The scene [in Paths of Glory] when the three men are served their last meal racked up an enormous amount of takes due to the unorthodox acting methods of Timothy Carey, who continued to surprise the camera with unexpected gestures and facial manipulations. The shot in which the men grab at the duck dinner that is to be their last, took up to sixty-eight takes. If the take was aborted before the duck was ripped apart by the desperate men it could be used for the next take. If it had already been destroyed, a new duck was readied for the next take. “Timothy Carey just couldn’t do the same thing twice, either deliberately or unconsciously,” Kubrick told Rolling Stone. “He had to eat this meal in a prison cell and every take required an untouched duck.”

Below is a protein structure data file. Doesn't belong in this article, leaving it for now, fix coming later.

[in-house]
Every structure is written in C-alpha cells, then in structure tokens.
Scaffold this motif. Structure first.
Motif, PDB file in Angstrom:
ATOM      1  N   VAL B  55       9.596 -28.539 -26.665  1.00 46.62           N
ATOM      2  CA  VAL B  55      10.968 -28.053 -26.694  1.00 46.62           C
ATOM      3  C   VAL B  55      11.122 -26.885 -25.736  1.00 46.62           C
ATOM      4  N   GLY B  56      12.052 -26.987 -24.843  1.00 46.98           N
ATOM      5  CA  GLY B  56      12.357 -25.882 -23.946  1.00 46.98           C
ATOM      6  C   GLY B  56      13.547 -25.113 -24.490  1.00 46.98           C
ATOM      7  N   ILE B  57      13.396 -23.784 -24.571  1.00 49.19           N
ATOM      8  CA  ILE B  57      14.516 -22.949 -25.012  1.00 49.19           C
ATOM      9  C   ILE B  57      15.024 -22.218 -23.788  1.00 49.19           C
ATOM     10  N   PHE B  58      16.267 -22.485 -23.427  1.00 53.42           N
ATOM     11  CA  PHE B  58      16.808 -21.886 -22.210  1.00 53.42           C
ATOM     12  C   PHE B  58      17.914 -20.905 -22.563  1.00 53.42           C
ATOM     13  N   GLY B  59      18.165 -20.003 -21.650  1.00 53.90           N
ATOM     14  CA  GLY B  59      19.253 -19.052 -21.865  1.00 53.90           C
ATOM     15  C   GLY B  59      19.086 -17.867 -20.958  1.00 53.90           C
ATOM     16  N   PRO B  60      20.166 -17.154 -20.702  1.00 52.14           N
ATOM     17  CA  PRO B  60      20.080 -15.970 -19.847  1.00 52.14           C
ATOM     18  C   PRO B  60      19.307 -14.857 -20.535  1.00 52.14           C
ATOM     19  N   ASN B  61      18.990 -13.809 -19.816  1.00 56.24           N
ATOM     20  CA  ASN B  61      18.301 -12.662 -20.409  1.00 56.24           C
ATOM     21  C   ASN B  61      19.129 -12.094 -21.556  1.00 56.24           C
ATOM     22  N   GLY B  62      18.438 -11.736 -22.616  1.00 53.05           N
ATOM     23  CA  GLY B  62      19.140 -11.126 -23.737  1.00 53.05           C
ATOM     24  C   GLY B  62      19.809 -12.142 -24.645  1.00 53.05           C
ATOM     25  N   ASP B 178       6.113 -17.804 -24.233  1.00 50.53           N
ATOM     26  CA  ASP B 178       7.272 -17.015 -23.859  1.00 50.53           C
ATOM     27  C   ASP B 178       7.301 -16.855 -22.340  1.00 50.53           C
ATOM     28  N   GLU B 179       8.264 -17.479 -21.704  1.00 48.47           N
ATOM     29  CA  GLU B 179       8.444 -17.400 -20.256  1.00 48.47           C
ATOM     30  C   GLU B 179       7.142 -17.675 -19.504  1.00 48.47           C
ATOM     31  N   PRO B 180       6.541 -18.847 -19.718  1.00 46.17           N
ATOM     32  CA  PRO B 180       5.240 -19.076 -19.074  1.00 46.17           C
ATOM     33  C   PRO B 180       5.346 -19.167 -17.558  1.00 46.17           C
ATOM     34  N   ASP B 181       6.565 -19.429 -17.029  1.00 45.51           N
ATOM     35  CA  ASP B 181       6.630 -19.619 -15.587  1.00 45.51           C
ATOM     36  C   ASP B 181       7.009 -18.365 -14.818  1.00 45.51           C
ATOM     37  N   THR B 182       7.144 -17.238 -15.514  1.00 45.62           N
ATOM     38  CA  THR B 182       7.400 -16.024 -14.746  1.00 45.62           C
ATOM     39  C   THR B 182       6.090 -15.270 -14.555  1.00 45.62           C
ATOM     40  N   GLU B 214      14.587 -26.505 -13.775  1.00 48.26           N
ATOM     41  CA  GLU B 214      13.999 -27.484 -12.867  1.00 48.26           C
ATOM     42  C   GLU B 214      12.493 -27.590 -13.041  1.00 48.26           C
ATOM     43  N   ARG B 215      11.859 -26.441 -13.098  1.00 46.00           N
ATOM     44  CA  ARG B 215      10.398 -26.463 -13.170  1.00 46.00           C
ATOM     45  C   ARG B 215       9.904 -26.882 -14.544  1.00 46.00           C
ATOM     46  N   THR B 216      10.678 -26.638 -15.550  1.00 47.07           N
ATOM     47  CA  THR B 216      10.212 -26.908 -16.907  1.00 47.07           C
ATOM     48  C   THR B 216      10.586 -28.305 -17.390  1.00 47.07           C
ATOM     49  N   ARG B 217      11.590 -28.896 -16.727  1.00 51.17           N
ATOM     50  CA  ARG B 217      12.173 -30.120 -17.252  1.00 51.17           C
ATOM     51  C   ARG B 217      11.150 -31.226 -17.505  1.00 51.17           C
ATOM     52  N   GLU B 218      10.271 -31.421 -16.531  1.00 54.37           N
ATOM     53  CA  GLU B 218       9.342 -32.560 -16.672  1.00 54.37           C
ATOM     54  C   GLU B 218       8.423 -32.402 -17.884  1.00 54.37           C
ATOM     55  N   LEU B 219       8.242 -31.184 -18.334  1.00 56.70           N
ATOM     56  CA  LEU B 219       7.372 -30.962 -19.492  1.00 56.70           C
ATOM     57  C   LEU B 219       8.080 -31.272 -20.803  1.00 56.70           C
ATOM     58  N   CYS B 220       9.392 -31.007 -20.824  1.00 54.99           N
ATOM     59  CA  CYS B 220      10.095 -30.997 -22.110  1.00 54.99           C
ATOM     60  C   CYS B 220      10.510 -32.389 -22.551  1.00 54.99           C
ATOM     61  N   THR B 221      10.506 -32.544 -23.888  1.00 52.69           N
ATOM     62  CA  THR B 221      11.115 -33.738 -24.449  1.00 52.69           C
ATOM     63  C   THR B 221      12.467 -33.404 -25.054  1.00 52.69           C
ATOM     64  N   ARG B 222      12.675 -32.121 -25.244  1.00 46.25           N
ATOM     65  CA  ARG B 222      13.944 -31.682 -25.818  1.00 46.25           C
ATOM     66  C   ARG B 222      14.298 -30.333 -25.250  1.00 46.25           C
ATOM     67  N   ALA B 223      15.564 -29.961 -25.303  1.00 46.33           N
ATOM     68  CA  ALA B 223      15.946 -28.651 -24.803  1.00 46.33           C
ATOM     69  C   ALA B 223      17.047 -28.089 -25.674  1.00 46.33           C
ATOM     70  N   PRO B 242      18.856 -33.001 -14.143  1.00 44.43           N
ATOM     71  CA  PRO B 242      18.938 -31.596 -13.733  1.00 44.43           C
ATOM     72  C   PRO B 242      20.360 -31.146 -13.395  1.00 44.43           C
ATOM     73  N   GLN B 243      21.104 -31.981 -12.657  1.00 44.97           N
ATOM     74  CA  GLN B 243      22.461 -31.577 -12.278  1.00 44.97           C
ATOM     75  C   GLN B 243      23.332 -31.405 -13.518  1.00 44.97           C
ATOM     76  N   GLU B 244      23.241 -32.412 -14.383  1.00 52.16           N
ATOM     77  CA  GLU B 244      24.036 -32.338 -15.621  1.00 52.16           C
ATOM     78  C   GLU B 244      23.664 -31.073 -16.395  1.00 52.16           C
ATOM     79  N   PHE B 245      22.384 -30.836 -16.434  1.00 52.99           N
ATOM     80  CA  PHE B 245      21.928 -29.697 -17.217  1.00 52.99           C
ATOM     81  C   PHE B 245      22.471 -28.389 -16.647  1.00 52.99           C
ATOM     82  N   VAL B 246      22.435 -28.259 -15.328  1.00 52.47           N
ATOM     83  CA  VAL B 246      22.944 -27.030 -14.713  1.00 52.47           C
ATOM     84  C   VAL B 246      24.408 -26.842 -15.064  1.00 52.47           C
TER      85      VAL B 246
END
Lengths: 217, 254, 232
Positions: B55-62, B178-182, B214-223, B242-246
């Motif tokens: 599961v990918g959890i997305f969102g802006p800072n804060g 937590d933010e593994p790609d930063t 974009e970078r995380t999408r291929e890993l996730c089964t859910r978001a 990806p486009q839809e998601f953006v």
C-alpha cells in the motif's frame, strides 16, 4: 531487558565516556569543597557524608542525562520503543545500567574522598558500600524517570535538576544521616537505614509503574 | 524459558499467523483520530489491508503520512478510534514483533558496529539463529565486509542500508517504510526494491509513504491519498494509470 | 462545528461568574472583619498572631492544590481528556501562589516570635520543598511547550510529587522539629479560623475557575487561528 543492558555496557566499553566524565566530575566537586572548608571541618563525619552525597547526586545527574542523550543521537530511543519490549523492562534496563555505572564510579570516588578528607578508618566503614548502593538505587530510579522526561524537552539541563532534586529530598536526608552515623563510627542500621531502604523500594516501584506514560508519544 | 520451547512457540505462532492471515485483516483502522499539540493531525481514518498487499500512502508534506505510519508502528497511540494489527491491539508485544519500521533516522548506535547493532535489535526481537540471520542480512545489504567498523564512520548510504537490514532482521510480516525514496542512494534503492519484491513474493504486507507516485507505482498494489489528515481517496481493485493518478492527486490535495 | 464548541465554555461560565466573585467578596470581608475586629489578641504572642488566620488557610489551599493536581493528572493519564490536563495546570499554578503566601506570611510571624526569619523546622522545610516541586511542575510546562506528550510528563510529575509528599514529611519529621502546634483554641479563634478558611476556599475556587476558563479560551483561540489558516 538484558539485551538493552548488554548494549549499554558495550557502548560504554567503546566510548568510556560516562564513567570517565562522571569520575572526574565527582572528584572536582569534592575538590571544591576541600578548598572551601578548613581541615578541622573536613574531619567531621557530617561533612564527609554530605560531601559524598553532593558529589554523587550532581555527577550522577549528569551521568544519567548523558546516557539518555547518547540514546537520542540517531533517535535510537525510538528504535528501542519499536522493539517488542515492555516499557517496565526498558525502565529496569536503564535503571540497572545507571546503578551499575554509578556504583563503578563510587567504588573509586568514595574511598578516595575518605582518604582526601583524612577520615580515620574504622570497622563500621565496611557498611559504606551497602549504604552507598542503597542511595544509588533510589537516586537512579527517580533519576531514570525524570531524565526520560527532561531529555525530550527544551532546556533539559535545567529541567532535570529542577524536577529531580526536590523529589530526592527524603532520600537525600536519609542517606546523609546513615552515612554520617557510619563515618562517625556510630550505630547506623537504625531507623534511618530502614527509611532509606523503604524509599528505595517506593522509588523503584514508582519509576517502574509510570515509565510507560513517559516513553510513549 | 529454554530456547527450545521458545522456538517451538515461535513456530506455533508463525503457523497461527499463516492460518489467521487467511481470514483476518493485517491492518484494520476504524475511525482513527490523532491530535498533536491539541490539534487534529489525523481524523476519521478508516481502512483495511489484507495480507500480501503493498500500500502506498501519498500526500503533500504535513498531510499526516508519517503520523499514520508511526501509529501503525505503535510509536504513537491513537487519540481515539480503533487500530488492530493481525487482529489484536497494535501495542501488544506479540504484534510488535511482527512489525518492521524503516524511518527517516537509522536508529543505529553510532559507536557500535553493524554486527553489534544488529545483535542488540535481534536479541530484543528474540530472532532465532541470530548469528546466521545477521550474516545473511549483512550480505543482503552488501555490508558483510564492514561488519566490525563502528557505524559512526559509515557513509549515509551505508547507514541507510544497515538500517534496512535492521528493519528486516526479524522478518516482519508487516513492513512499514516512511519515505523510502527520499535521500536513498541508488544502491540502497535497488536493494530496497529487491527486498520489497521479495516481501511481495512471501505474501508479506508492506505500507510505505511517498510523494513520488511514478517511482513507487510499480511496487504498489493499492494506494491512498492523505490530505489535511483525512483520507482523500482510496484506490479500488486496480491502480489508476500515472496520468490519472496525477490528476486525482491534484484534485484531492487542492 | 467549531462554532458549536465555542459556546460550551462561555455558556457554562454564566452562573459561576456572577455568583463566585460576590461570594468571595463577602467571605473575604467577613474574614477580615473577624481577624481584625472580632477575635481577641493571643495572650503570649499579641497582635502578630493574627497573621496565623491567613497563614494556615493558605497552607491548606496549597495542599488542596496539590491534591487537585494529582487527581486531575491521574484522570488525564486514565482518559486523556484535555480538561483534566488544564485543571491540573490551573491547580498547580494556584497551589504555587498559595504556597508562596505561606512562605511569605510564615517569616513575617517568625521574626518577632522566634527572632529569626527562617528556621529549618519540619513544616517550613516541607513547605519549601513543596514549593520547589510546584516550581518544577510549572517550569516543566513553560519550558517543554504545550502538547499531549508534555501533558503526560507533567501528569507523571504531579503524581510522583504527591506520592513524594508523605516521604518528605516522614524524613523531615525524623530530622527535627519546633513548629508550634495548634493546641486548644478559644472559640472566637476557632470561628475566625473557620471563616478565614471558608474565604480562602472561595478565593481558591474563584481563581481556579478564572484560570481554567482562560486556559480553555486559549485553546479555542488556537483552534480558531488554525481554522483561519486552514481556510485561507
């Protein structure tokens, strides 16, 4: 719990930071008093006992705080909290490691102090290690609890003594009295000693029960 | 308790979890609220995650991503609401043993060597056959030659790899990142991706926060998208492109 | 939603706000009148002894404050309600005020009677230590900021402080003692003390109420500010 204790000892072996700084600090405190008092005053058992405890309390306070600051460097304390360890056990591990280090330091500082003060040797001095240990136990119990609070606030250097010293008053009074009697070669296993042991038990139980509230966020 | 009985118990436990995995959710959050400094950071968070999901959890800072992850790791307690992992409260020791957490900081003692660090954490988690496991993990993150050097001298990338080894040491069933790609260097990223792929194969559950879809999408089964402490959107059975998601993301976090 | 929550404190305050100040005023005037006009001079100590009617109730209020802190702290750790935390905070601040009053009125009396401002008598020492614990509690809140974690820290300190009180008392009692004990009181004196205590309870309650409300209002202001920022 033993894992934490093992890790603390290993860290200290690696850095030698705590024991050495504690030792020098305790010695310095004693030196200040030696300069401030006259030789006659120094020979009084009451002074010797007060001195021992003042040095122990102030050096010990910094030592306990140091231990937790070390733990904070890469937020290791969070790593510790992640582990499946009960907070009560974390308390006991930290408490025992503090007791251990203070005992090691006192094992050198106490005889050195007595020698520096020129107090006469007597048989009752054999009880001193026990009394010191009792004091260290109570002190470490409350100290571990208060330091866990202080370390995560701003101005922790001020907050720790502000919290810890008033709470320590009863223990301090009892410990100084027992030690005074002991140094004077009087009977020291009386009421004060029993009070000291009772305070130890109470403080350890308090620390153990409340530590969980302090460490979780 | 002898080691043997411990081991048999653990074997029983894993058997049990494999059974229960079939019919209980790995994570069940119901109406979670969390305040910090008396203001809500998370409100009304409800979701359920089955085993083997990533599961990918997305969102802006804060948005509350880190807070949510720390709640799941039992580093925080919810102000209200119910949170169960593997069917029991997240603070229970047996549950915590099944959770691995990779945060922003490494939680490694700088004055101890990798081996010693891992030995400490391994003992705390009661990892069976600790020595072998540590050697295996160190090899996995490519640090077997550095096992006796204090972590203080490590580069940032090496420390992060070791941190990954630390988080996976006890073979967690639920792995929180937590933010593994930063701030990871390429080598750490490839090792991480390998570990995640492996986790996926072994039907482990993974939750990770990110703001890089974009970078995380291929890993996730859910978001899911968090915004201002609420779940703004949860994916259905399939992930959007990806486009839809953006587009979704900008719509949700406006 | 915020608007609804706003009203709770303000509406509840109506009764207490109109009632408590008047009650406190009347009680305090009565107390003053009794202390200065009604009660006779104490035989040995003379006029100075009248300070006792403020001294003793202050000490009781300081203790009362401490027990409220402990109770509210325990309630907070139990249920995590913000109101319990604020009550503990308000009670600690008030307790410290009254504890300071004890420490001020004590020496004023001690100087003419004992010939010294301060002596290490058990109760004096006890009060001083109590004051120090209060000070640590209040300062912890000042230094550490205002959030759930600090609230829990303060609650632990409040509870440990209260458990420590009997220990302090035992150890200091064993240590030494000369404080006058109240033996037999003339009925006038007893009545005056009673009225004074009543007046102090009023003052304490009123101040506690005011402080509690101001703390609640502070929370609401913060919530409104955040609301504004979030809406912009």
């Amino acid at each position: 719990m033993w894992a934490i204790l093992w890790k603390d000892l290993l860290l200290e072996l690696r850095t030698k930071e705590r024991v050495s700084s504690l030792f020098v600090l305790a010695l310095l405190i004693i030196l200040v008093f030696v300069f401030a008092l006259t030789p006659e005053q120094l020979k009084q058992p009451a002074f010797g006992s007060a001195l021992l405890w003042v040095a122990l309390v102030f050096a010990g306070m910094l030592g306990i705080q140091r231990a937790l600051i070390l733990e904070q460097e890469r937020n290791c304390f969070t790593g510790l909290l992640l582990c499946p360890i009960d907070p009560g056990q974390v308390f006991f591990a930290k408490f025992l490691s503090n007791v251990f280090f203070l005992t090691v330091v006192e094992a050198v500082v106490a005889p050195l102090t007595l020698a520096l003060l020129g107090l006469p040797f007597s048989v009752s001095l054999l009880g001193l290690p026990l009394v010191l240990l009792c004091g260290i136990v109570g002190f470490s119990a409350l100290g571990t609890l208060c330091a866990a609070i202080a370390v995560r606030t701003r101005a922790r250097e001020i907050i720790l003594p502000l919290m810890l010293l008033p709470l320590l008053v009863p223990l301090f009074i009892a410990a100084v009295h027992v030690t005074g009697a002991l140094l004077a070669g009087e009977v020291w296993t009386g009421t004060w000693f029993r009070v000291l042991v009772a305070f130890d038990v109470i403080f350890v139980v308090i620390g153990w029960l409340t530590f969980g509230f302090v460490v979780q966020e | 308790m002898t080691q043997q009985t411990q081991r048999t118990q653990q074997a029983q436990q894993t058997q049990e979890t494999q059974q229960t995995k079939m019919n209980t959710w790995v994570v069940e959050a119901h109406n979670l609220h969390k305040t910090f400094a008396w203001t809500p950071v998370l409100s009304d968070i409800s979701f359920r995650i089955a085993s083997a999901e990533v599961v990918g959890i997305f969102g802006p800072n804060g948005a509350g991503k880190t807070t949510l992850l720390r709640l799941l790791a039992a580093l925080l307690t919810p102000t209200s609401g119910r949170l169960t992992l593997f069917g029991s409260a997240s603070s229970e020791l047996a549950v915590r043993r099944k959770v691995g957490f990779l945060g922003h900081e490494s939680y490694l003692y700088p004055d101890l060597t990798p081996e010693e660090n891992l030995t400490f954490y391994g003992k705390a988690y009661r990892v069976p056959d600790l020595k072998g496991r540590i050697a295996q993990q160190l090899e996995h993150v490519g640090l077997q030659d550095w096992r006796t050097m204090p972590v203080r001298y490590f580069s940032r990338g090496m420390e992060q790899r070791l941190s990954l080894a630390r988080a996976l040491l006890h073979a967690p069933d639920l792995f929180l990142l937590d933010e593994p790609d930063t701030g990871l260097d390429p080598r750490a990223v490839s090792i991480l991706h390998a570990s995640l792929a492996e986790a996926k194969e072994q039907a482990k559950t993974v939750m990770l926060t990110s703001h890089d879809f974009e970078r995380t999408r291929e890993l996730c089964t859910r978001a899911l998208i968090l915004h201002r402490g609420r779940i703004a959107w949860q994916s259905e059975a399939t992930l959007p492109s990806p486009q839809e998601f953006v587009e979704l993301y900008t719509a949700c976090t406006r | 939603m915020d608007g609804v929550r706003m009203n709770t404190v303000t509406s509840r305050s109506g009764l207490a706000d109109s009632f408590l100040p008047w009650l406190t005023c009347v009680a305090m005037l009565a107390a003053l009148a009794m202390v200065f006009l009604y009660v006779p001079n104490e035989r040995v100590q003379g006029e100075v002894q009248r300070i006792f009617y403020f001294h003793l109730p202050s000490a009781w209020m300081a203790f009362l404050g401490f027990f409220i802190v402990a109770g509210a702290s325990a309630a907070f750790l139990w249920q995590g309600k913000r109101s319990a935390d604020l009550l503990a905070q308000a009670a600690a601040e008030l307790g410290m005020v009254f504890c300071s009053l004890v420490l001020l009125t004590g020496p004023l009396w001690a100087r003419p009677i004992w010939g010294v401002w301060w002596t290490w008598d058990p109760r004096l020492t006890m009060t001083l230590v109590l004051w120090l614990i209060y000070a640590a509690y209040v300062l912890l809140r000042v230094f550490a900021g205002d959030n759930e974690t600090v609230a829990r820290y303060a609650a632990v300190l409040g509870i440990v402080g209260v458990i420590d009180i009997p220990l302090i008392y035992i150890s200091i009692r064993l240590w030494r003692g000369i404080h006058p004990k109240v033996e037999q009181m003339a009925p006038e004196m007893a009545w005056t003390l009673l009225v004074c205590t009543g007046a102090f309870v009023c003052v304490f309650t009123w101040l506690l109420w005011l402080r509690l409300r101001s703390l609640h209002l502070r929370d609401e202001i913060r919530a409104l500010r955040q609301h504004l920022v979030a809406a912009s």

[…] The film is filled with sharply drawn characterizations – especially by Ralph Meeker, Joe Turkel, and the irrepressible Timothy Carey as the doomed soldiers.
Vye appeared often in Broadway musicals, originating the role of Jigger Craigin in the 1945 production of Carousel. He also sang often in the movies (introducing the Gypsy tune “Golden Earrings” in the film of the same name), but usually ended up playing tough guys.